Harvard Reaches First Final Four in Program History in OT Thriller

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For the second-straight game, the Crimson needed extra time to knock of its opponent in the NCAA Championship.

After two-straight years of all-California men’s water polo NCAA semifinals, the Northeast is crashing the party. And it’s doing so in style.

No. 9 Harvard men’s water polo (27-6) defeated No. 9 UC Davis (23-6) in the NCAA quarterfinals to clinch a spot in the NCAA Final Four for the first time in program history. Regulation was not enough to separate the two squads. After the fourth quarter buzzer sounded with the duo knotted at 14 points apiece, the Crimson needed overtime to beat out the Aggies, 16-15.

In the first three-minute period of OT, senior Viktor Wrobel scored early to give Harvard the 15-14 advantage. Wrobel’s goal was the only of the period as Harvard carried the lead into the last period of play.

Already up one, freshman Austin Sechrest scored what would end up being the game-winner in the second overtime period. A late goal by the Aggies would trim the deficit to one, but UC Davis was not able to find the equalizer before the final seconds ran off the clock.


“We didn’t have the best game all around,” co-captain Harry Tafur said. “There were plenty of mistakes, but going into overtime… we knew we had the experience to get the job done and the confidence in our physical abilities and our conditioning to finish the game strong. That’s a testament to our coaches and training regimen that allows us to play at a high level for a whole game and an extra couple of periods.”

The Aggies got on the board first capitalizing on a Harvard penalty to go up 1-0 with 6:27 left in the first quarter. Harvard then erupted to score four consecutive goals to take an early 4-1 lead. Freshman Charlie Owens scored twice and seniors Joey Colton and Dan Stevens tallied one each. Late in the quarter, UC Davis scored twice to cut Harvard’s lead to one, but a shot from senior Noah Harrison brought the lead back up to two (5-3) before the end of the first frame.

UC Davis opened up the second quarter with a goal but Colton and Harrison responded fast with one apiece to extend the lead to 7-4. The Aggies followed up by going on a 4-1 run evening the score to 8-8 before entering the intermission.

The second half started with goals from junior Colin Chiapello and Sechrest started the second half to give Harvard the lead back. Then the Aggies notched two of their own to tie the game back up.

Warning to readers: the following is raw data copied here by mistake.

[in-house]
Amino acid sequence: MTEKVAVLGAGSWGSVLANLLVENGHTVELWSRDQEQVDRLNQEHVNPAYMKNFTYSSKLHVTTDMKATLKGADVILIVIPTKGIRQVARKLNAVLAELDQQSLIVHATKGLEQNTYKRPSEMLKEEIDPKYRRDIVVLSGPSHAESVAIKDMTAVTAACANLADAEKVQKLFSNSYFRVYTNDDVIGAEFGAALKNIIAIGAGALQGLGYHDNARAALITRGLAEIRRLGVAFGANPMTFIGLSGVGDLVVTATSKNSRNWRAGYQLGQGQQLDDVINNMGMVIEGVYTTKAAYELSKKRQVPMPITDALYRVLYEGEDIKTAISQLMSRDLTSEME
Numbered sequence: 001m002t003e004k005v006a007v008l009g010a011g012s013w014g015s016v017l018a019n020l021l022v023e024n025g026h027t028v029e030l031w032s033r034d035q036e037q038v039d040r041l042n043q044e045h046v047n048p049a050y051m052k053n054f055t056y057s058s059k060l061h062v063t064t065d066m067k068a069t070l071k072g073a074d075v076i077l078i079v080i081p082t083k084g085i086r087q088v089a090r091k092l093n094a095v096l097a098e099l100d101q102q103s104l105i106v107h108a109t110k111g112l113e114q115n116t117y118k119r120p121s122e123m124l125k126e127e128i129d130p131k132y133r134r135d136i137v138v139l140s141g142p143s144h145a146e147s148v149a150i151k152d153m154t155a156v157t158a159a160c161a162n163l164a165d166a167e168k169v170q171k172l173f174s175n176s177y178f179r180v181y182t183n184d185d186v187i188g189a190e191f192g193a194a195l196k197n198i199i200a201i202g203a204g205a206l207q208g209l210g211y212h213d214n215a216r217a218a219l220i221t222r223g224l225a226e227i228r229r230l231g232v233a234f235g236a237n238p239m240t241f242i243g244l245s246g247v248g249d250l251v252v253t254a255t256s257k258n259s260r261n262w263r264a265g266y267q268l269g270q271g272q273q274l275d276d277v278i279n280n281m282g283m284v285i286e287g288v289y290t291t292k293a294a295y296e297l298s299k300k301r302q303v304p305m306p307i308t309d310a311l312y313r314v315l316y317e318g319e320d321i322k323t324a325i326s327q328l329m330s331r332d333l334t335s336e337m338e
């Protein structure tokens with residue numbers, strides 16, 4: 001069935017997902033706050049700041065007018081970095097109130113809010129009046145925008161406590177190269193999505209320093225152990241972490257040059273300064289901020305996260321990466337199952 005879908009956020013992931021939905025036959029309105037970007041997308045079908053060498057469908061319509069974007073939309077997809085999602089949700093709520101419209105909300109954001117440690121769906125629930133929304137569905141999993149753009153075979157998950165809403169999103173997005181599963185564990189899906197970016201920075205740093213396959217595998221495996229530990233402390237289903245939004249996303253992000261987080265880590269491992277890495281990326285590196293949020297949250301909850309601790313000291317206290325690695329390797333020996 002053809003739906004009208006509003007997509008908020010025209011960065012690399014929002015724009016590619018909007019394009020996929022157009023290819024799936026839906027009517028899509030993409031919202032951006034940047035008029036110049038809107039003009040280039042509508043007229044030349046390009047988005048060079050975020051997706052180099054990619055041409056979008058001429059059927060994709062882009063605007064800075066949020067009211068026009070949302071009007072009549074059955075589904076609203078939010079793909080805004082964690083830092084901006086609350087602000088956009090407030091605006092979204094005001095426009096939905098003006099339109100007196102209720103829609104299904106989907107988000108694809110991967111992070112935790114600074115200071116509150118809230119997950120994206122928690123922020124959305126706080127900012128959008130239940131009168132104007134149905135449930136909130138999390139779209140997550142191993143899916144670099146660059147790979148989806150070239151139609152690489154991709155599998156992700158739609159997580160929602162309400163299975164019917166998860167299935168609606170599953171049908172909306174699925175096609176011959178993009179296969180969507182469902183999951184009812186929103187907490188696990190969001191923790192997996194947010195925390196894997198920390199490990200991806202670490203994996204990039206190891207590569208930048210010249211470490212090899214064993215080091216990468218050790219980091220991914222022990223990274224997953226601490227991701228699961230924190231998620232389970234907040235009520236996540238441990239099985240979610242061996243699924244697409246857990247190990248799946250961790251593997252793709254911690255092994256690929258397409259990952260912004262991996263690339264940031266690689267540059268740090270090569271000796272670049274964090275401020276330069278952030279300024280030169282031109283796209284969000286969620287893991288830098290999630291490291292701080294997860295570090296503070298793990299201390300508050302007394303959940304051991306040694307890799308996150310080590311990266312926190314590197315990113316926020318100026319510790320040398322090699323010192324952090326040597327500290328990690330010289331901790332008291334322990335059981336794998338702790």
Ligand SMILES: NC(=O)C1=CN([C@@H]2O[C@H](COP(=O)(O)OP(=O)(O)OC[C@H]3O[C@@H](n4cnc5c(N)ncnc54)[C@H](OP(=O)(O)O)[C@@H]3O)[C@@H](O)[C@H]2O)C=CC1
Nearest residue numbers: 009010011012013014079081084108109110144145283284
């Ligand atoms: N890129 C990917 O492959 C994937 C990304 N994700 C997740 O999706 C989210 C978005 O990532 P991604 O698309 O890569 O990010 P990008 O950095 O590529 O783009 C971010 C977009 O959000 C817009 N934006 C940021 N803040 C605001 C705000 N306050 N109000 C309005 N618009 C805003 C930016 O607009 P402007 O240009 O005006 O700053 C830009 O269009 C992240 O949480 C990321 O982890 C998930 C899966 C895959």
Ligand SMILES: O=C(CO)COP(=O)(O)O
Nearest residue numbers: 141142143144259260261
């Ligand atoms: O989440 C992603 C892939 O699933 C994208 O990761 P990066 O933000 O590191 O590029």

Colton completed a hat trick to momentarily pull the Crimson ahead, but two UC Davis goals gave the Aggies the lead for the first time in the game, ending the third quarter up 12-11.

“We played Davis twice before and one won and lost one so we knew it wasn’t going to be an easy game,” Tafur said. “That being said we were confident in our chances and our system and that we would be successful.”

UC Davis’s lead didn’t last long as Chiapello beat the goalkeeper to record his second goal of the game and even the score 12-12. Harrison quickly followed with his third goal of the game to give Harvard the one goal advantage with a little over six minutes to play. The Crimson defense was able to keep the Aggies for almost three minutes, but a goal with 3:47 left tied up the game at 13. Harvard immediately answered back with a goal off a rebound by Owens. Two minutes later UC Davis fought back with a goal to tie up the game to stay alive. Timeouts on both sides were unable to produce a goal, setting the scene for the late-game dramatics.

“Rght now, everyone is just really absorbing the moment,” Tafur said. “[Reaching the] Final Four is not an accomplishment that many teams in any sport really gets to say. So the fact that all our hard work has paid off is definitely pleasing.”

Despite the game leaking into extra time, it was the shortest NCAA Championship game for the team thus far. Harvard traveled west after defeating Bucknell in the opening play-in game in sudden-death after two overtime periods failed to yield a winner.

“Each game since two weeks ago has been the biggest game our season, the biggest game of most of our careers so far,” sophomore Nathan Ondracek said. “We’re taking it one step at a time and just enjoying each win.”

Staff writer Ginny Miller can be reached at


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